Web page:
The bag design itself – how much of the handle is sewn to the bag (Is it only attached at the top or reinforced throughout the length of the bag?) and the width of the bottom – will also contribute to the durability and strength of the tote.

      Good luck!

      • Chri

        Hi Jana,

        thanks a lot for your answer!
        The size of the bag should be cm 40 height x cm 50 width x 15 depth.
        About the handles I agree with you, but it’s the same for all the materials, right?
        I also add another information: the bags may stay a lot under the sun, can it be dangerous for some material, in particolar nylon?
        Other materials I’m evaluating are PP woven and PP non woven, do you know them?


  30. Gail H.

    I was under the impression nylon dried more slowly than polyester, given that it absorbs more water. Is this right?

  31. daniela

    Thank you so much Jana, very helpful and informative.

  32. Julian

    Thanks for everything it help me a lot evaluating a backpack for a long term travel !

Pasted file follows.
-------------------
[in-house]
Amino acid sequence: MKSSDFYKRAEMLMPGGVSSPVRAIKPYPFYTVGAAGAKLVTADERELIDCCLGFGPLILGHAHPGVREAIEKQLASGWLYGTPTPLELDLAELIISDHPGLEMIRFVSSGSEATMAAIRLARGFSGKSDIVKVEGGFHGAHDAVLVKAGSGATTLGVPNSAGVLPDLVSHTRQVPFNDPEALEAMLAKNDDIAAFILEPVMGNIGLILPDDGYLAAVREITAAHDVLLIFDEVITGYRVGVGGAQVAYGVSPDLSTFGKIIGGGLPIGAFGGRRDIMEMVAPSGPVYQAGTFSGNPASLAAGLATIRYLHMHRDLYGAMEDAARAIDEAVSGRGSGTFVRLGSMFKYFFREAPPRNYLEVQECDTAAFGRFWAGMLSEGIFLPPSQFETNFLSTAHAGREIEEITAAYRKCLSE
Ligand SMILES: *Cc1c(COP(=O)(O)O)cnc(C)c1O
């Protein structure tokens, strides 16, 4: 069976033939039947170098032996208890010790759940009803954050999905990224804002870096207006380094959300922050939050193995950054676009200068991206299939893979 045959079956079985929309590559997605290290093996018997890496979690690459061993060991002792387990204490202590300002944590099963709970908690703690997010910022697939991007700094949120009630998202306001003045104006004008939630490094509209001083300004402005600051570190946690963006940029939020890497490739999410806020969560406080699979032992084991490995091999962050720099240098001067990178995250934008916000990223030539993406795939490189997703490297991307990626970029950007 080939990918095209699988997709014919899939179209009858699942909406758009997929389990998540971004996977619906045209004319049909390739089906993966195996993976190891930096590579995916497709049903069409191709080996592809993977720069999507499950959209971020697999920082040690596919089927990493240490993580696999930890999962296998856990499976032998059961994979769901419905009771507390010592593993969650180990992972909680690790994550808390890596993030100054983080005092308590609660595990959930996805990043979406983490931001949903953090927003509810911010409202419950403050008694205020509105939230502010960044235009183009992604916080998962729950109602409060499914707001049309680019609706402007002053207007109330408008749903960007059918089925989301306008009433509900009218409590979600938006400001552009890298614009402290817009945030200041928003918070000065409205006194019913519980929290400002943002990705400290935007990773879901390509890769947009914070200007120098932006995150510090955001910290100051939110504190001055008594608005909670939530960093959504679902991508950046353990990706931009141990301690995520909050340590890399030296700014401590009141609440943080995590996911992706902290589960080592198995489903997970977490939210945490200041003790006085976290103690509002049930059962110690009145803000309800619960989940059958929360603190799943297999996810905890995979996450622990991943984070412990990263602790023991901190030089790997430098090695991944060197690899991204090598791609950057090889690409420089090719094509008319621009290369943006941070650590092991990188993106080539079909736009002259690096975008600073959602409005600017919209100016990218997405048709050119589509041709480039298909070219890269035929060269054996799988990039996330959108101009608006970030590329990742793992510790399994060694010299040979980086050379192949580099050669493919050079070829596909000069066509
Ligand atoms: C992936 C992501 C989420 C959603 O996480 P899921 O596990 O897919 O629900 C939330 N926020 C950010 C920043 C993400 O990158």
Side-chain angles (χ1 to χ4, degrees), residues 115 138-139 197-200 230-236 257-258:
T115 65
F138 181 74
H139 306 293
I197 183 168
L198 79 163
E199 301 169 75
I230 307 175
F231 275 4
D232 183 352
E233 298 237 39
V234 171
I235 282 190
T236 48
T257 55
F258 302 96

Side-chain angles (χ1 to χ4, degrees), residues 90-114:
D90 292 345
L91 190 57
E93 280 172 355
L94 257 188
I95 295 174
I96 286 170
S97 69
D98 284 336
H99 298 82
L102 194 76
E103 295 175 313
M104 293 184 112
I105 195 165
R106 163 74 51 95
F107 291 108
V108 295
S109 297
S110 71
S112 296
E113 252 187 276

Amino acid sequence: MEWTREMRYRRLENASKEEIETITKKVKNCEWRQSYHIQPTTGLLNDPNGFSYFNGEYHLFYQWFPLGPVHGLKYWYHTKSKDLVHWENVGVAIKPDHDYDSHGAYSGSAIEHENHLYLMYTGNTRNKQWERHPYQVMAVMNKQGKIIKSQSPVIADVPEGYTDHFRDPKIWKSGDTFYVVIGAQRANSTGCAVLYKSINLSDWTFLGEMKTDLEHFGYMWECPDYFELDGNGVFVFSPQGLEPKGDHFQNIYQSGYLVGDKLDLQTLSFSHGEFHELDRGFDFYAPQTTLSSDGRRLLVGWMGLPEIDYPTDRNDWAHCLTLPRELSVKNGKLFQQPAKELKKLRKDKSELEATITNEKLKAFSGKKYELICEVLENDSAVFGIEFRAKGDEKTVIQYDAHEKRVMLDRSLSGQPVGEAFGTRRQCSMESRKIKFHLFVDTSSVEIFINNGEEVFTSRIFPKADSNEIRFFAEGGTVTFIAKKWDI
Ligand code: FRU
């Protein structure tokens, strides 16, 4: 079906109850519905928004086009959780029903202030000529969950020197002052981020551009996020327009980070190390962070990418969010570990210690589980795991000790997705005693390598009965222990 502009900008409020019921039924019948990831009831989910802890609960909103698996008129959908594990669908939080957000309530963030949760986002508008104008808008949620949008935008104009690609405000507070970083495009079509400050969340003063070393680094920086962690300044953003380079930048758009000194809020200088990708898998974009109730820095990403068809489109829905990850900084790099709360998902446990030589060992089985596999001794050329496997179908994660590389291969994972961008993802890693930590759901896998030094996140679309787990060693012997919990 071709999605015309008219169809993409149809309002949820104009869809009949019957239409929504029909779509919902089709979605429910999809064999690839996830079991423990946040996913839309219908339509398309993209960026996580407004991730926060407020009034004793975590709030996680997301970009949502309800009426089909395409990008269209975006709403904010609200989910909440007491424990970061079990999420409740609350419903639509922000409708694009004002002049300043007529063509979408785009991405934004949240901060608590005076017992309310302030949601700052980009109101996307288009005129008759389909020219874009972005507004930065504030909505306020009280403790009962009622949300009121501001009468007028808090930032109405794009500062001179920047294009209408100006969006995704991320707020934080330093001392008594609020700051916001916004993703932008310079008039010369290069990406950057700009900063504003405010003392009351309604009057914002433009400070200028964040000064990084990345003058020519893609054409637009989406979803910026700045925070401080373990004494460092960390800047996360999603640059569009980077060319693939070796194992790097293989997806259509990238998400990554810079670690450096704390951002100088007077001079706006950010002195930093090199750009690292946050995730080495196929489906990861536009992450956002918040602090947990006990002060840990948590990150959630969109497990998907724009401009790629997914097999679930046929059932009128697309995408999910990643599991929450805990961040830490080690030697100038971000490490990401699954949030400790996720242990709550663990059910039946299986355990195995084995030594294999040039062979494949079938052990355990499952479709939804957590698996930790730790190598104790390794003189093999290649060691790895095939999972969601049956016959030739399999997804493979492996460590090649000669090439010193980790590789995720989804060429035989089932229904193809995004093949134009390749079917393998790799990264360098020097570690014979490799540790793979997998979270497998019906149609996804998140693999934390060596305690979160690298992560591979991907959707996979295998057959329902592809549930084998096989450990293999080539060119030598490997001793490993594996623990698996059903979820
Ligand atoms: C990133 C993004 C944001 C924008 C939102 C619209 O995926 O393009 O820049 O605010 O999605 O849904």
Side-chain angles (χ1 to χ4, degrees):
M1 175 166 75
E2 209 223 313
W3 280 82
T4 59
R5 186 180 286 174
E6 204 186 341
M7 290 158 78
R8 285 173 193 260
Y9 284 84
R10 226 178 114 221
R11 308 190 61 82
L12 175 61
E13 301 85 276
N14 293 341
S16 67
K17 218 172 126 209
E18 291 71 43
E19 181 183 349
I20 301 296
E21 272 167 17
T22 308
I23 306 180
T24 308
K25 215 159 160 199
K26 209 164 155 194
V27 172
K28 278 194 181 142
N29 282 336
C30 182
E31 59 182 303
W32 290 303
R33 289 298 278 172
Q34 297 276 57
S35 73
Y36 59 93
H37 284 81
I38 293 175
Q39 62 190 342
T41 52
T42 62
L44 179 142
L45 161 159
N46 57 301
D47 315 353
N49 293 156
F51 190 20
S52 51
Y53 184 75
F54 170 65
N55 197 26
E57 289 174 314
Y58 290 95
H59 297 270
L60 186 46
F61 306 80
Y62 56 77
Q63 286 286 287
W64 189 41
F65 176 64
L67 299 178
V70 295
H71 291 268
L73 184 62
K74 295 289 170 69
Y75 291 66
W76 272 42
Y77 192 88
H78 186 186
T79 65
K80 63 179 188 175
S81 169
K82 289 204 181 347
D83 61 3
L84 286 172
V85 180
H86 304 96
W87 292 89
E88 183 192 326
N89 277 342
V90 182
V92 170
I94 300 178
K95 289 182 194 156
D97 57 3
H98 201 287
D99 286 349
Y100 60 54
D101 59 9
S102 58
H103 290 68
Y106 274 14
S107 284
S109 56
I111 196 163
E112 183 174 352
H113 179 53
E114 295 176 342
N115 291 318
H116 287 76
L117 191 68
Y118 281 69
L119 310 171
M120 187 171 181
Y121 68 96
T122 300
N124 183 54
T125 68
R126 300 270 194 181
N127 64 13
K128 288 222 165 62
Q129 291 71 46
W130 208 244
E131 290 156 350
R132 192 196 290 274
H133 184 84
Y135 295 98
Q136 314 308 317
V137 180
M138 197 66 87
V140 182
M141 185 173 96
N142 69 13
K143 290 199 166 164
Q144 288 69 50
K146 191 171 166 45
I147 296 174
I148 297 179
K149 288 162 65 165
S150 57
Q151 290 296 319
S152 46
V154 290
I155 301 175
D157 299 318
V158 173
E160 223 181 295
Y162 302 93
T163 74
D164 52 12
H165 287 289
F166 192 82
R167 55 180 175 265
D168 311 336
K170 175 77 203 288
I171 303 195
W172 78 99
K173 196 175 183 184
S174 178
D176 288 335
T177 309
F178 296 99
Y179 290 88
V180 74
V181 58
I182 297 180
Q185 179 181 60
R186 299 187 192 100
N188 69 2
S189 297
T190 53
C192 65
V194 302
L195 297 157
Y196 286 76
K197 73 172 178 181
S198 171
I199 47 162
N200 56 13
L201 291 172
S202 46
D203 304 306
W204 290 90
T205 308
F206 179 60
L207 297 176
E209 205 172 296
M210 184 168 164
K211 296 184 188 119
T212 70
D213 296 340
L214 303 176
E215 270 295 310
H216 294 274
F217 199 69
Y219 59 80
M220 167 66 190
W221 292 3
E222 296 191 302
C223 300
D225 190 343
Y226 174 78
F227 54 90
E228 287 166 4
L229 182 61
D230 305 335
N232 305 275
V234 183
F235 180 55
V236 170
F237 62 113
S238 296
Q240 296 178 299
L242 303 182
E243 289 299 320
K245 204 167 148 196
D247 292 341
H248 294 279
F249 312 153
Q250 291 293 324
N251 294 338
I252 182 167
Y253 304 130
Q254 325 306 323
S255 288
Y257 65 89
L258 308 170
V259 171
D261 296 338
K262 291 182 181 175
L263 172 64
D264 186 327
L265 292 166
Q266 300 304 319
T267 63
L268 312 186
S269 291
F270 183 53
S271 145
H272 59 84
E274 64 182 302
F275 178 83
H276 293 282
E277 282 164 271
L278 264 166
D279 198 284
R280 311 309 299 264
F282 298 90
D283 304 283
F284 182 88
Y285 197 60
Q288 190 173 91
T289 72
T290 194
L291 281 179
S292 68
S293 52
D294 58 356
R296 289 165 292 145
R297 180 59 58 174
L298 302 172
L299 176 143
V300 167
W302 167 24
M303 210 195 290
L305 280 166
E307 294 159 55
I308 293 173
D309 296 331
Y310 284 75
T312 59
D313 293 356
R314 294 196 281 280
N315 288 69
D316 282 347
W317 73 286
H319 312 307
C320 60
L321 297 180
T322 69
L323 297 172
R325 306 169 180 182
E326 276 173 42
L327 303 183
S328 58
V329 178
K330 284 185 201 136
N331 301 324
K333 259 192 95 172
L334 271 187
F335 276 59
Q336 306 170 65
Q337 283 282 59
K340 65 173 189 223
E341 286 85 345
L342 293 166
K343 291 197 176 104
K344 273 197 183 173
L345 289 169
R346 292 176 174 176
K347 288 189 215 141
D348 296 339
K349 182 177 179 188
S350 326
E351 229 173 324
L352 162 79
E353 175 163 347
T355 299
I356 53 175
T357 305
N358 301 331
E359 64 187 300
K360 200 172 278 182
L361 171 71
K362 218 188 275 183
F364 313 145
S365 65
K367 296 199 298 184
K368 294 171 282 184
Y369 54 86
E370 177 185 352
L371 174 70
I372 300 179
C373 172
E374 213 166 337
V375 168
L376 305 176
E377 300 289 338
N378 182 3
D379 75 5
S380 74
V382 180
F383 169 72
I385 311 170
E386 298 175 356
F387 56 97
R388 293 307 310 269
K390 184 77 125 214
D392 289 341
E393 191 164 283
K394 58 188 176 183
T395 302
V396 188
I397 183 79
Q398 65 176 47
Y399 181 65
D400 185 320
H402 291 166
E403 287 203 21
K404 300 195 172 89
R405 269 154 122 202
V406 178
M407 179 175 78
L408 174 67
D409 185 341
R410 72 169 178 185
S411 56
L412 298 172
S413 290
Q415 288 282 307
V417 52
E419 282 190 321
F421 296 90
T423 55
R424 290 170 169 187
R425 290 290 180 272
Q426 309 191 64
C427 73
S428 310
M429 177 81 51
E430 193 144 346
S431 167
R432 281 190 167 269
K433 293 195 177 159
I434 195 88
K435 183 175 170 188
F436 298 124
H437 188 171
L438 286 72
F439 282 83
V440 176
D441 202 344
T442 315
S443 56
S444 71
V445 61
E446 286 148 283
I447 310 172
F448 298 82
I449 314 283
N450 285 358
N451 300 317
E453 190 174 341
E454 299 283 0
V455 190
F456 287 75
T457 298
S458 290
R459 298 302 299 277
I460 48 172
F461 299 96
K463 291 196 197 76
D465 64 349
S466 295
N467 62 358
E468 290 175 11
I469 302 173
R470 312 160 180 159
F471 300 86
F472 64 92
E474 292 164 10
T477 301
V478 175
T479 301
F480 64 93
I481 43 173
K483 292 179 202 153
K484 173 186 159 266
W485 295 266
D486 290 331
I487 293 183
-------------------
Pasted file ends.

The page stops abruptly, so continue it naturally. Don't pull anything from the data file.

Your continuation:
33. Tom Foster (Strapman)

    Jana, A client of mine found your article and made a leap of faith. You seem to be discussing, primarily, cloth. He thought webbing would be the same. I deal in polypropylene, nylon, and polyester webbing. Your chart has some discrepancies which may be explained by the differences in structure between cloth and webbing. If this helps, please note these differences (and similarities)…

    Polypro AND polyester webbing do not absorb moisture, nylon does. Nylon webbing dries very slowly compared to the other materials.
    Your melting temps are a bit low for polypro webbing, spot on in polyester, but WAY high in nylon. We sublimate at 450 degrees. Nylon webbing turns to goo at that temp. We find that, in general, nylon webbing melts at more like 390 degrees. With this info, folks can accurately assume that polyester is the best, polypro a close second, and nylon not so good in WEBBING. I hope this helps.

  34. Nancy Seymour